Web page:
By Hannah Johnson
Yavapai Reentry Project
(July 21, 2014)
To the Editor,
In 2010, Arizona had 45,907 adults in the state prison system. The majority of individuals incarcerated will be released in their lifetime. Each year we have hundreds of men and women return to Yavapai County.Â People living with felony convictions face multiple barriers to participate in society after exiting the Department of Corrections. These include roadblocks to employment, housing, education, voting and state assistance.
It’s easy to not think about people who are not here, who we do not see. Our communal values of justice, safety, accountability and healing are contingent on removing certain people from the public sphere. But what happens when these family members, friends, and community members come back?
The Yavapai Reentry Project is a regional support system for individuals exiting the Department of Corrections. We have two key programs: Independent Referral and Community Coach Mentorship. As the Participant Coordinator, I work with every woman and man coming through our programs. I also get to bear witness to the positive impact of mentorship for our participants with coaches.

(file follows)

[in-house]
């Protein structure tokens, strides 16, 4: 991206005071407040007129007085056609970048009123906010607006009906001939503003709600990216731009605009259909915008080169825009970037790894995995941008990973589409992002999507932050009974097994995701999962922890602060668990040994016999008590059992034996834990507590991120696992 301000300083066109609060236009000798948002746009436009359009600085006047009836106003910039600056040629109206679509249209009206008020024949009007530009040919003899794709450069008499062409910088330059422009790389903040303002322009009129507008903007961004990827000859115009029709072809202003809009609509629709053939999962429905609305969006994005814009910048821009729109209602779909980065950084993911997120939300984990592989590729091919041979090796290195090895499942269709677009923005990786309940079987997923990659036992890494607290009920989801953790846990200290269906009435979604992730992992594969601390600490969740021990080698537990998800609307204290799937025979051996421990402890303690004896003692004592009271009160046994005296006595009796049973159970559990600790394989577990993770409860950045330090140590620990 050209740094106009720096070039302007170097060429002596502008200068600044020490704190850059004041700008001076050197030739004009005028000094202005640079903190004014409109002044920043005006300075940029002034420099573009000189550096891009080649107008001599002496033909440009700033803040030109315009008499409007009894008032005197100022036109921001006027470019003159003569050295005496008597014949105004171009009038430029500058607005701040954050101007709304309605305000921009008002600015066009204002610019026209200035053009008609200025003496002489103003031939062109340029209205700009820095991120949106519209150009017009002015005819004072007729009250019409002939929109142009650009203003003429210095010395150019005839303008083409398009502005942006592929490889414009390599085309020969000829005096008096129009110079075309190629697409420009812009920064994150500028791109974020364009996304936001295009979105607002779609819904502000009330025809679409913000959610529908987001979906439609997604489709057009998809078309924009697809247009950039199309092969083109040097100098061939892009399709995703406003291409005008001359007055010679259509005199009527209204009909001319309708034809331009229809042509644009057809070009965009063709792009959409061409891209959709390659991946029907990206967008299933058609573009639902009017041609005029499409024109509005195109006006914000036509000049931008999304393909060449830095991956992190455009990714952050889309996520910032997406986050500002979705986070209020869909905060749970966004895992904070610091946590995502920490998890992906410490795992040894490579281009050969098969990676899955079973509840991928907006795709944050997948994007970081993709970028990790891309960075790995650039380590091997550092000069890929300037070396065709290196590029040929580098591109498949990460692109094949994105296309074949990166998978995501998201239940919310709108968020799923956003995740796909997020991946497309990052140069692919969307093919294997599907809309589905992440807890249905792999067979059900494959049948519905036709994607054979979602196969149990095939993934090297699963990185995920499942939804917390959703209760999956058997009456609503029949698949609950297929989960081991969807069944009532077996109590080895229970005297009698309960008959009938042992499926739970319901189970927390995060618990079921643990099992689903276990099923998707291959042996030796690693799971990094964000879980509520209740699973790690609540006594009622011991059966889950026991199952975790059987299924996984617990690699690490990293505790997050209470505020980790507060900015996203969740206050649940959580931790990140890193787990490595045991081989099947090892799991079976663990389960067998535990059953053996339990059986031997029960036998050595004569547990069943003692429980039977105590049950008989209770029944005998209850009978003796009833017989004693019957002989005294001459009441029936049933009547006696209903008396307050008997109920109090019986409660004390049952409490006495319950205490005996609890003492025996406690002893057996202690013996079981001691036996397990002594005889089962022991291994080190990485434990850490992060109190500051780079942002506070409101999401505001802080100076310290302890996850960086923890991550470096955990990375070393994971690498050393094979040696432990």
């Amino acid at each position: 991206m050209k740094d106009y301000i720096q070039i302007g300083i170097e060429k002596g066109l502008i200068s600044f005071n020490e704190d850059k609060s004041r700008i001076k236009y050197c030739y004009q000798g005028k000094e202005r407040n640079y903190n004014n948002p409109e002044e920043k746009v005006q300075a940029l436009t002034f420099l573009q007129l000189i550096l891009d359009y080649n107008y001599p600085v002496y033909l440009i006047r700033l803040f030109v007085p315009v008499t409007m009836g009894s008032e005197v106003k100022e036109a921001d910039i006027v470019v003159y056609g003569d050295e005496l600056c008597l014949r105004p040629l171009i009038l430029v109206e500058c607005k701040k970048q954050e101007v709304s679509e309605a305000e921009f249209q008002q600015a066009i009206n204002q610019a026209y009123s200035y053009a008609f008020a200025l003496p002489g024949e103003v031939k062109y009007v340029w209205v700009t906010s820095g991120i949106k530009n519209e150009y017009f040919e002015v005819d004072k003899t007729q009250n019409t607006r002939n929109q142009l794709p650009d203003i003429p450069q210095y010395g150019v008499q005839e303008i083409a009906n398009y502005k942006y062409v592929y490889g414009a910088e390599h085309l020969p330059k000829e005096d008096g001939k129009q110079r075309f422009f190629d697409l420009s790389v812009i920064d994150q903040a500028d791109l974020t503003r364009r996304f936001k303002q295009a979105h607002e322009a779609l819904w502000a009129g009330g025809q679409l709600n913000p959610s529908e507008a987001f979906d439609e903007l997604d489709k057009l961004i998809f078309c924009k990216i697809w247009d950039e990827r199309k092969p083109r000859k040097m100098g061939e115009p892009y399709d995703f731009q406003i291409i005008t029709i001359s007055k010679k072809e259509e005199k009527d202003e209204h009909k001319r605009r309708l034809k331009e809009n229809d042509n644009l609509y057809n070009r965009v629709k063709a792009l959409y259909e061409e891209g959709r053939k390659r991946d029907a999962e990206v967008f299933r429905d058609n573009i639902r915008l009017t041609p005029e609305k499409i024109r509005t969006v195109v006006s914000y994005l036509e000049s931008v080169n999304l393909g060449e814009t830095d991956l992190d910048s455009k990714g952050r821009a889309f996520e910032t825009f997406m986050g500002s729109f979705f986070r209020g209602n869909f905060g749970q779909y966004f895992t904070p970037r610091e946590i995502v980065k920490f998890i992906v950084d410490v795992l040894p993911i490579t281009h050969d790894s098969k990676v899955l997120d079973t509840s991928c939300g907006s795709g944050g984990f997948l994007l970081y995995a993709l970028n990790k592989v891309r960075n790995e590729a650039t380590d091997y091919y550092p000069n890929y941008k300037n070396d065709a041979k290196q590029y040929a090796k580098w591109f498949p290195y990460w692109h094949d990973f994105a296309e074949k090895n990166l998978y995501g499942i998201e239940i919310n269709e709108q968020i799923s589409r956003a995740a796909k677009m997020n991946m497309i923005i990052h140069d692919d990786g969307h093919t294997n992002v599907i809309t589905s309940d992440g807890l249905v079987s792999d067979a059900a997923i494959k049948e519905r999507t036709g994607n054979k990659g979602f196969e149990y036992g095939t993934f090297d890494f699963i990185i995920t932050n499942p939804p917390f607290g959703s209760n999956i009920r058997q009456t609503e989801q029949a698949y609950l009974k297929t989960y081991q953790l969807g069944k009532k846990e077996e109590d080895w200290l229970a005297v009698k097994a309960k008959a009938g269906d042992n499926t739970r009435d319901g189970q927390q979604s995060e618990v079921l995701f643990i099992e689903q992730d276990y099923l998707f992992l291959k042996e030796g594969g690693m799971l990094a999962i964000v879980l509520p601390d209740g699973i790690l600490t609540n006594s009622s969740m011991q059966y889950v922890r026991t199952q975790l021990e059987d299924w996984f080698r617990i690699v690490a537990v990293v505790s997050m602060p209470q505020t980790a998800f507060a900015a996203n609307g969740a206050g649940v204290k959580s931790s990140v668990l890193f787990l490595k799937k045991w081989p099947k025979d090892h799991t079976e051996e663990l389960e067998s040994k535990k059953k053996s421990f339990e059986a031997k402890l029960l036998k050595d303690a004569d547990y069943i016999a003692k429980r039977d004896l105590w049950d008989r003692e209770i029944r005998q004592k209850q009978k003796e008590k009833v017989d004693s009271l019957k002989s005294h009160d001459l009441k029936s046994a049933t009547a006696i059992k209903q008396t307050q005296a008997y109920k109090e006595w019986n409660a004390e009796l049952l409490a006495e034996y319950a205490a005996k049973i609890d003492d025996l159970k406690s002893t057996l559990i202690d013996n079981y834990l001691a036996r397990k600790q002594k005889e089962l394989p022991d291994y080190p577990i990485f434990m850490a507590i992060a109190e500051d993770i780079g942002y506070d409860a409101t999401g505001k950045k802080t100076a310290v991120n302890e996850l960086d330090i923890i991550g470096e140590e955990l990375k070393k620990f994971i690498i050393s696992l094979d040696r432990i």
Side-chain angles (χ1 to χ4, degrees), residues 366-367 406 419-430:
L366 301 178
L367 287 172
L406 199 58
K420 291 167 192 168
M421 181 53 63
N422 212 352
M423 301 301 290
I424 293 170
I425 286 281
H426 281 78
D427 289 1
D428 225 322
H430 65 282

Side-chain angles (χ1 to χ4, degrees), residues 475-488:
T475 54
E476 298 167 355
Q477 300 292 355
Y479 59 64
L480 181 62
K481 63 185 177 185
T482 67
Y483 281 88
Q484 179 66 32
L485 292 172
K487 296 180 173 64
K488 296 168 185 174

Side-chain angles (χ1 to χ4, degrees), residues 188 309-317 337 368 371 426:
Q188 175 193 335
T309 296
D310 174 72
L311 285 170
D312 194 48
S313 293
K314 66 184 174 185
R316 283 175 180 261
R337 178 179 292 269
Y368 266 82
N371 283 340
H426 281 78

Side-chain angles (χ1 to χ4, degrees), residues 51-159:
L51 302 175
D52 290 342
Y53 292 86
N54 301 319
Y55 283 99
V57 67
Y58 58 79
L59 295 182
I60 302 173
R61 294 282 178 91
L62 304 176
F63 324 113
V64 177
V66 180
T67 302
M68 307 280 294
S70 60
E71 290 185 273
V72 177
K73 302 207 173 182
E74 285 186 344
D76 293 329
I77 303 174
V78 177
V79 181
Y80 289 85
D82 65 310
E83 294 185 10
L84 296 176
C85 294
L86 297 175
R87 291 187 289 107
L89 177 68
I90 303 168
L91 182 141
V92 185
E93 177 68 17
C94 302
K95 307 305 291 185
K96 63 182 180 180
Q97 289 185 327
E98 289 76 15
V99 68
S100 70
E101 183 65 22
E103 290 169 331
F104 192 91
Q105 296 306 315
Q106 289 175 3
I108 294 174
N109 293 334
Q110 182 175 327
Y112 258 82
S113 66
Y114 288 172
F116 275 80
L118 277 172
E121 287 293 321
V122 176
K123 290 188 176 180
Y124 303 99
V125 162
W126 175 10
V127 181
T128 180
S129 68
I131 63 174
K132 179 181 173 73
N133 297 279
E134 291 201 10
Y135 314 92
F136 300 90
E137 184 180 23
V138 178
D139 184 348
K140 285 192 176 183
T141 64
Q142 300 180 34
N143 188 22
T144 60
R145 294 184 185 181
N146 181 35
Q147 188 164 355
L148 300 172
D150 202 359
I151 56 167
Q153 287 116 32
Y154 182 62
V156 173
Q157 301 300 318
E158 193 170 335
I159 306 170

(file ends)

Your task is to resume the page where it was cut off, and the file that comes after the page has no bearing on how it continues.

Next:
Reentry projects with mentorship components have been proven to reduce recidivism, up to 40%. The Yavapai Reentry Project has contacted over 800 individuals returning to the county, provided support and assistance for 70 plus participants, and coordinated nearly 30 community members as coaches in the nearly three years of operation.
Our coaches are trained to provide emotional support and in resource referral. We cover principles of recovery, aspects of motivational interviewing, barriers for reentry, identifying crises, and change theory. Our coaches are provided on-going support and training, including the opportunity to meet those community members who also recognize the needs of formerly incarcerated individuals.
At the Yavapai Reentry Project, we make every effort to match coaches with participants before release to let the relationship develop through letter writing. After the participant is released, we facilitate introductory meetings between the coach and participant. Time after time I hear our participants say how humbled and grateful they are for having a coach—a stranger—someone who doesn’t even know them but already bellieves in them. It’s the third party relationship, based on support and guidance, which makes transitioning back that more manageable.
The Yavapai Reentry Project is a seed for transformation, stability and success. We believe moments of failure are steps towards change. Our coaches motivate, advocate and celebrate. Join us and come collaborate on our communal future.
For more information on becoming a Community Coach, contact Hannah Johnson at firstname.lastname@example.org or (928) 899-4945. Next Training is Friday July 25 at 9:00am.